Objective: Over 90% of suicide attempters have a psychiatric diagnosis, however twin and family studies suggest that the genetic etiology of suicide attempt (SA) is partially distinct from that of the psychiatric disorders themselves. Here, we present the largest genome-wide association study (GWAS) on suicide attempt using major depressive disorder (MDD), bipolar disorder (BIP) and schizophrenia (SCZ) cohorts from the Psychiatric Genomics Consortium. Method: Samples comprise 1622 suicide attempters and 8786 non-attempters with MDD, 3264 attempters and 5500 non-attempters with BIP and 1683 attempters and 2946 non-attempters with SCZ. SA GWAS were performed comparing attempters to non-attempters in each disorder followed by meta-analysis across disorders. Polygenic risk scoring investigated the genetic relationship between SA and the psychiatric disorders. Results: Three genome-wide significant loci for SA were found: one associated with SA in MDD, one in BIP, and one in the meta-analysis of SA in mood disorders. These associations were not replicated in independent mood disorder cohorts from the UK Biobank and iPSYCH. Polygenic risk scores for major depression were significantly associated with SA in MDD (P=0.0002), BIP (P=0.0006) and SCZ (P=0.0006). Conclusions: This study provides new information on genetic associations and the genetic etiology of SA across psychiatric disorders. The finding that polygenic risk scores for major depression predict suicide attempt across disorders provide a possible starting point for predictive modelling and preventative strategies. Further collaborative efforts to increase sample size hold potential to robustly identify genetic associations and gain biological insights into the etiology of suicide attempt.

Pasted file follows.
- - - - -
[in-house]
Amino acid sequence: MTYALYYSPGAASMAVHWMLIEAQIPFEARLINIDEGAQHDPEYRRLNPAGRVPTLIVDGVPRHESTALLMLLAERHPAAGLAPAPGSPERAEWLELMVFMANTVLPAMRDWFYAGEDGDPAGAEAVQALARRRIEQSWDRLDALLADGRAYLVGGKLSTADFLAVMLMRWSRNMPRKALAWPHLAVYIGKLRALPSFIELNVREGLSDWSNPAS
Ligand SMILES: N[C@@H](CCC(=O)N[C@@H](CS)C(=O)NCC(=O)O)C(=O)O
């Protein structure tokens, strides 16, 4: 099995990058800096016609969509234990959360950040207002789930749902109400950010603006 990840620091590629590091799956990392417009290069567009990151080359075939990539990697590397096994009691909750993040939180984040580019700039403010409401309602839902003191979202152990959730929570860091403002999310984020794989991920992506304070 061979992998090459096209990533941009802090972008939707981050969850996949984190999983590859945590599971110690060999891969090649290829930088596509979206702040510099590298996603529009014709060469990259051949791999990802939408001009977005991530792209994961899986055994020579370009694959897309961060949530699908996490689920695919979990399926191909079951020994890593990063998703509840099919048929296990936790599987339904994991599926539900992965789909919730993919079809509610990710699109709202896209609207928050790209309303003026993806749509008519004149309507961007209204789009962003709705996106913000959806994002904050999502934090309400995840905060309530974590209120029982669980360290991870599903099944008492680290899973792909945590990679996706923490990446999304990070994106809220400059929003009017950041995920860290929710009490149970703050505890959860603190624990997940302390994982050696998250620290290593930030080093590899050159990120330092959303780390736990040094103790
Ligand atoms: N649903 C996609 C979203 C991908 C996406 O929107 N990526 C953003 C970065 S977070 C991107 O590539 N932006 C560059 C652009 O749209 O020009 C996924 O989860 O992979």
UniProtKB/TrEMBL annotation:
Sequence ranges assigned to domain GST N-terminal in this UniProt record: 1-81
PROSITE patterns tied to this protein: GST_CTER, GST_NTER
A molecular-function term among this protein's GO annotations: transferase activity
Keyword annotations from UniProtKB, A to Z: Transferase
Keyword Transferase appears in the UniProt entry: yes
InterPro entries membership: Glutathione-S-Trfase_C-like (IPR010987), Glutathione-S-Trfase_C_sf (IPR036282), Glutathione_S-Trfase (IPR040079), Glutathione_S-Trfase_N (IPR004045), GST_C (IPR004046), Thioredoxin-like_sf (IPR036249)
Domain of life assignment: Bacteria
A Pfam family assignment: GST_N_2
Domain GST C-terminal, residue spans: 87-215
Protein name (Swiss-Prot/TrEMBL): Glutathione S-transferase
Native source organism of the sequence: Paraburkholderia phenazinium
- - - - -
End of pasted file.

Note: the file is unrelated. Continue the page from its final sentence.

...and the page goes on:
- Bipolar disorder
- Genome-wide association study
- Major depressive disorder
- Mood disorders
- Suicide attempt